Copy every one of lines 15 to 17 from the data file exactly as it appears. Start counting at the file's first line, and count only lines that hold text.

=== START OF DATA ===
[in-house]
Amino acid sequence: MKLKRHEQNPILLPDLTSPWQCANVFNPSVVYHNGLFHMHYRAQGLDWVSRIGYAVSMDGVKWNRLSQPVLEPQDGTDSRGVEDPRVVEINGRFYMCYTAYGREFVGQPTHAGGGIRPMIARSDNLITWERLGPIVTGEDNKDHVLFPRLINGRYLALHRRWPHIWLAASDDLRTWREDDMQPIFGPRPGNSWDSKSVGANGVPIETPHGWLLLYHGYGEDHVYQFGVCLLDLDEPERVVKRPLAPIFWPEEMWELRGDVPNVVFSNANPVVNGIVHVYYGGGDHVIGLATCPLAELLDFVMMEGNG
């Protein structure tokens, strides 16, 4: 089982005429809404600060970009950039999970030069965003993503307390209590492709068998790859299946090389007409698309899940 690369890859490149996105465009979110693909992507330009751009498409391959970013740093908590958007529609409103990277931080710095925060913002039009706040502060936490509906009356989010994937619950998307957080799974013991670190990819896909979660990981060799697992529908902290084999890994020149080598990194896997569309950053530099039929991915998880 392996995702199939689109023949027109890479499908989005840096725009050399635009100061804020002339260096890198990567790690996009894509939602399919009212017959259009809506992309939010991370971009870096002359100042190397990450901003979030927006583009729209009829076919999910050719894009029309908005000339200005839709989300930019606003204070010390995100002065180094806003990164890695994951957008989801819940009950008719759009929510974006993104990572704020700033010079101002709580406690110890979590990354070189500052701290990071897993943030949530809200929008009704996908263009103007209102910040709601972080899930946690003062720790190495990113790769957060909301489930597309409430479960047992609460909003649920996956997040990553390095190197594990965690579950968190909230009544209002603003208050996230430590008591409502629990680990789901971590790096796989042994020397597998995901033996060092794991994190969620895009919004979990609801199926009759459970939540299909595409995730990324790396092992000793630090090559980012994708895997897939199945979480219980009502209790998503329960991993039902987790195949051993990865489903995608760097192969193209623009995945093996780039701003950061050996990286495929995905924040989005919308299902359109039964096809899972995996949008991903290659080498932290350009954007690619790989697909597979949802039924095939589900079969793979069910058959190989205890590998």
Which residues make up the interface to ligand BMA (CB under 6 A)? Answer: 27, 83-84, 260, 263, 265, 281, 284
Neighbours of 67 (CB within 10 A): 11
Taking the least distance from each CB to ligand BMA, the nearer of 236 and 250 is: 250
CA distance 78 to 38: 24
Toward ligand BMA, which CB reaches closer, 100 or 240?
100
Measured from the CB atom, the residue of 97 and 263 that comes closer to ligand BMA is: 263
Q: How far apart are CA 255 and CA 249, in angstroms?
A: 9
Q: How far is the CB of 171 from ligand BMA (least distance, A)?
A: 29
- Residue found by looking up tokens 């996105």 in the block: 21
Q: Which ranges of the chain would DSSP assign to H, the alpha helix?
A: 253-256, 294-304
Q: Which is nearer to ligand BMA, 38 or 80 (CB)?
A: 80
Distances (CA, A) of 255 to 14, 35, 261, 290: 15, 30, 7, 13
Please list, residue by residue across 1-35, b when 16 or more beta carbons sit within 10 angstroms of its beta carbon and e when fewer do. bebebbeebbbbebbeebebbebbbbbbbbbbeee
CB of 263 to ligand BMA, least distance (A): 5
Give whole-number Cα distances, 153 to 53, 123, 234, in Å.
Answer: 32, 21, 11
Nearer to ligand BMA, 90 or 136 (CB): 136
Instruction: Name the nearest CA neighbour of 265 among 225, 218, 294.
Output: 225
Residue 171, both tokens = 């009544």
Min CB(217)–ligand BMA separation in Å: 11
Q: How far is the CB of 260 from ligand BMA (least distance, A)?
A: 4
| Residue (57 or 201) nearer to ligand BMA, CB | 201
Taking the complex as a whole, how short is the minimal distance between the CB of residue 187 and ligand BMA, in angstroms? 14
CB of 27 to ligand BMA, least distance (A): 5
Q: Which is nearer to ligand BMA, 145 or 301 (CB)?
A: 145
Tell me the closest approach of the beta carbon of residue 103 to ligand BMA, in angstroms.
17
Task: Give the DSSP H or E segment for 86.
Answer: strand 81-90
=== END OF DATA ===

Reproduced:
- Residue found by looking up tokens 């996105």 in the block: 21
Q: Which ranges of the chain would DSSP assign to H, the alpha helix?
A: 253-256, 294-304